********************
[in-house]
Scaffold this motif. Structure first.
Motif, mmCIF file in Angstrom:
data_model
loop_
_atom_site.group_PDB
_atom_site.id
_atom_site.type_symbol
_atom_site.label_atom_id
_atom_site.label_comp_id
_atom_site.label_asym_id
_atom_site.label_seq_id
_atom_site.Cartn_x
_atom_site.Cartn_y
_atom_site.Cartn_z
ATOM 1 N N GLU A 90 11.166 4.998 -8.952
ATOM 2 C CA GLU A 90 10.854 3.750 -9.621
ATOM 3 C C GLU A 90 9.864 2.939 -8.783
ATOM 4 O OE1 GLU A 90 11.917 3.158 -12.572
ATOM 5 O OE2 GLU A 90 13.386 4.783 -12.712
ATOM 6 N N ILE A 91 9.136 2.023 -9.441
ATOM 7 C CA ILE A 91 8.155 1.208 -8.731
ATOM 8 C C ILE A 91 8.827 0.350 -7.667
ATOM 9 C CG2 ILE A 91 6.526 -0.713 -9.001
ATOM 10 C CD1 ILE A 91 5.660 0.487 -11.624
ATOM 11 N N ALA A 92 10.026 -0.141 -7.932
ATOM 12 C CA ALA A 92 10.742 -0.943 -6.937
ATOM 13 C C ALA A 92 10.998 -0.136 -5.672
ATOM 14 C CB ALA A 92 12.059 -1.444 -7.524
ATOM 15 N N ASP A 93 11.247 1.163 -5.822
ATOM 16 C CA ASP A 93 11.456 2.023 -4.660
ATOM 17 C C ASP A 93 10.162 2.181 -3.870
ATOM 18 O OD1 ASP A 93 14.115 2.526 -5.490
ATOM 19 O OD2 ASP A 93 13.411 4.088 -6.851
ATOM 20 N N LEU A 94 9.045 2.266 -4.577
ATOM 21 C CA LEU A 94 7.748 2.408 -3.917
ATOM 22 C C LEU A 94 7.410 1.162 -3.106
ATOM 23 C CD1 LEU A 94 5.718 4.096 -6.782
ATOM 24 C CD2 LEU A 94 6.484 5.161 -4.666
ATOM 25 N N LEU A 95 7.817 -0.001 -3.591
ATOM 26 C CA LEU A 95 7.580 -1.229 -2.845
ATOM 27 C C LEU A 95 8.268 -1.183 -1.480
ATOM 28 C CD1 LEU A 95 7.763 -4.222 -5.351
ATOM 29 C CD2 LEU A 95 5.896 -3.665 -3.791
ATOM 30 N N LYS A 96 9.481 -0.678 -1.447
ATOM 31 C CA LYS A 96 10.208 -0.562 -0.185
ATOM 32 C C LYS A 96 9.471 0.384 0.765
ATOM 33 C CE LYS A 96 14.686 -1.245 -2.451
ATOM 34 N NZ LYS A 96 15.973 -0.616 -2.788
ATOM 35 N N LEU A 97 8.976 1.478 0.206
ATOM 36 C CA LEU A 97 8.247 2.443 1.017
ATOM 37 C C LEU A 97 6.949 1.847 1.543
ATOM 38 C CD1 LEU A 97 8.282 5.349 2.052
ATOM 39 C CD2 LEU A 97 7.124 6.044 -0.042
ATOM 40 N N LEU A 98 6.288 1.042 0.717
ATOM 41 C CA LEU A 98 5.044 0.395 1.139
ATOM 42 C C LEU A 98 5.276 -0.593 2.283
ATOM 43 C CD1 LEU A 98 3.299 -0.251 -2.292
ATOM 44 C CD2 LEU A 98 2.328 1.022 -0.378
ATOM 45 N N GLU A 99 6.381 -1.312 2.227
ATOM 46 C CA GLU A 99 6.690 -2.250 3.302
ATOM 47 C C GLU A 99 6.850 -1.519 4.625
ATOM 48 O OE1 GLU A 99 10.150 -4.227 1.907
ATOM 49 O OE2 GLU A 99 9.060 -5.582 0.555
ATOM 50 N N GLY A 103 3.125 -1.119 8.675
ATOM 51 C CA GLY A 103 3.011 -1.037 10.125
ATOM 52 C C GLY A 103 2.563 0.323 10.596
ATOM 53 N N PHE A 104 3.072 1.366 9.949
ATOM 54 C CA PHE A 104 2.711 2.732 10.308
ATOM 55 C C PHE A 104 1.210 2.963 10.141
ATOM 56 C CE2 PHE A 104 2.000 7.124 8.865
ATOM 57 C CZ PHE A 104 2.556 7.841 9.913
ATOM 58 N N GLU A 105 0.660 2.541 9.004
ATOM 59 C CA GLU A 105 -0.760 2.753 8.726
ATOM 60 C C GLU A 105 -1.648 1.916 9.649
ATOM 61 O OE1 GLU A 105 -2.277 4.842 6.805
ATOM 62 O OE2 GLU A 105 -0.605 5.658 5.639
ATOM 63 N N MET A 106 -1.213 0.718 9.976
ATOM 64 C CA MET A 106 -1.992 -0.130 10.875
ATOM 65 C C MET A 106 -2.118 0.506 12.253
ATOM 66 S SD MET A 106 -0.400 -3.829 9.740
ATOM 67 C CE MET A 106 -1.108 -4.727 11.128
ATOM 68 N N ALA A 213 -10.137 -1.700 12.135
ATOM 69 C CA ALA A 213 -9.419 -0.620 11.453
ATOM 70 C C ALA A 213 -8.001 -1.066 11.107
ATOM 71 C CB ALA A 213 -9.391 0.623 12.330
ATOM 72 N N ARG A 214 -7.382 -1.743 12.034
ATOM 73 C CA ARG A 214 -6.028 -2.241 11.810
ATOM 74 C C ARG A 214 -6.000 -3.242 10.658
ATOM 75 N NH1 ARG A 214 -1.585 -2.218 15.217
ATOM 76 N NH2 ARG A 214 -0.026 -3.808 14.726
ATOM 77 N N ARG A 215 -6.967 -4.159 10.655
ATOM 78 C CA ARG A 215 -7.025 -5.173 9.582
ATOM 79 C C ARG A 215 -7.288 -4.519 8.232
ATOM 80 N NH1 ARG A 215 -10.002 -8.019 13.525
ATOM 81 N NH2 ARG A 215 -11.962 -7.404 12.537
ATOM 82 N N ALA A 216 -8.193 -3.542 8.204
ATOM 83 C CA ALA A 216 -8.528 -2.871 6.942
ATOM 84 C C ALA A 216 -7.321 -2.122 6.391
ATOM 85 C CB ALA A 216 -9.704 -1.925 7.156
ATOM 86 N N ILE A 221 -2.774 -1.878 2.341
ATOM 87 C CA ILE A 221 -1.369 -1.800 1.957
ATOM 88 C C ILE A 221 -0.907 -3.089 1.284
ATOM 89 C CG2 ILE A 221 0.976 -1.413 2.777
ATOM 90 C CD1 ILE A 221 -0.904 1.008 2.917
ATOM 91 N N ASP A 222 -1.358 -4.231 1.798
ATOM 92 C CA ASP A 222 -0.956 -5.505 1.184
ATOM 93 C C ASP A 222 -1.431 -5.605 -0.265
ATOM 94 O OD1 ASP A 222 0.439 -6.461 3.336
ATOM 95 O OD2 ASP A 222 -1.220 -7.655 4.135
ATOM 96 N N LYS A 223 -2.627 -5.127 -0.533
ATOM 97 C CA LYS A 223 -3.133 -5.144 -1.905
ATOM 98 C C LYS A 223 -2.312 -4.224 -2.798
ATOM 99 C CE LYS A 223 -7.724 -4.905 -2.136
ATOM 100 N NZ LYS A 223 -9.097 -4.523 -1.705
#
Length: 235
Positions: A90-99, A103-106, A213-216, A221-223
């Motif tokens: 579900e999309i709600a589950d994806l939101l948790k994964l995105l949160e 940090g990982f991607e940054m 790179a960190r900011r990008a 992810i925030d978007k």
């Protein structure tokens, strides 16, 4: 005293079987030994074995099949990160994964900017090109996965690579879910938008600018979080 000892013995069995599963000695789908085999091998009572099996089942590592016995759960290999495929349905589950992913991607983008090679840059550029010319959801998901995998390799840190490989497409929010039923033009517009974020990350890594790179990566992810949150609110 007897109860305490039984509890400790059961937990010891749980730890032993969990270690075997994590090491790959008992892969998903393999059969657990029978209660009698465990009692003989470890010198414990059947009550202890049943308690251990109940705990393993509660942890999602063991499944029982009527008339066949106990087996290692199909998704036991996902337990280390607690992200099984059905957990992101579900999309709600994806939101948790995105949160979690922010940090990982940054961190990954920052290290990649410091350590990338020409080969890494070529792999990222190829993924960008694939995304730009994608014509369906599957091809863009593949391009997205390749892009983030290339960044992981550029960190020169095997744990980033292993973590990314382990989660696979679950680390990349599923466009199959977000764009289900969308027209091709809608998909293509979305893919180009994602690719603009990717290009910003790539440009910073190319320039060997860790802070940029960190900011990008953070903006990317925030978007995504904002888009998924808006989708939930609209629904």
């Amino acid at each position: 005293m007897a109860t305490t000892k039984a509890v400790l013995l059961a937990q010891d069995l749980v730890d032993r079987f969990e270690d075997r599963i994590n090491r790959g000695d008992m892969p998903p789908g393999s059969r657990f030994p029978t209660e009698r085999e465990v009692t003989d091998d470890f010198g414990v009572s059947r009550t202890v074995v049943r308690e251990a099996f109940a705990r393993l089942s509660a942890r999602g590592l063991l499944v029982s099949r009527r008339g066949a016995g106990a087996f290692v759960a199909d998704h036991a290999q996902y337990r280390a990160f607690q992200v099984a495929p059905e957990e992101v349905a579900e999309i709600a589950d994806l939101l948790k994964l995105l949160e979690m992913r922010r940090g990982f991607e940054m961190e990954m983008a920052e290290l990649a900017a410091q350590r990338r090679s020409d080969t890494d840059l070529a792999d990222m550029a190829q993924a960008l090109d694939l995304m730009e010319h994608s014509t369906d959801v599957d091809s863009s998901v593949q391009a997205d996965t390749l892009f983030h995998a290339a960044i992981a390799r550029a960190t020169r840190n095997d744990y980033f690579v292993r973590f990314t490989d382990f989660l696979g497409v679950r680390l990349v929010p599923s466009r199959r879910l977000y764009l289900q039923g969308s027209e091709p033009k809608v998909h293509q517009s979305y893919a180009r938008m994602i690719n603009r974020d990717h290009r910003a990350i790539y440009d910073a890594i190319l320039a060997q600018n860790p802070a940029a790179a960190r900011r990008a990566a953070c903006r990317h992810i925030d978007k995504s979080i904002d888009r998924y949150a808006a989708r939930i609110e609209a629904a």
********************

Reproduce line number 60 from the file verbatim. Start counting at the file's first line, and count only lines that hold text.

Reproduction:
ATOM 45 N N GLU A 99 6.381 -1.312 2.227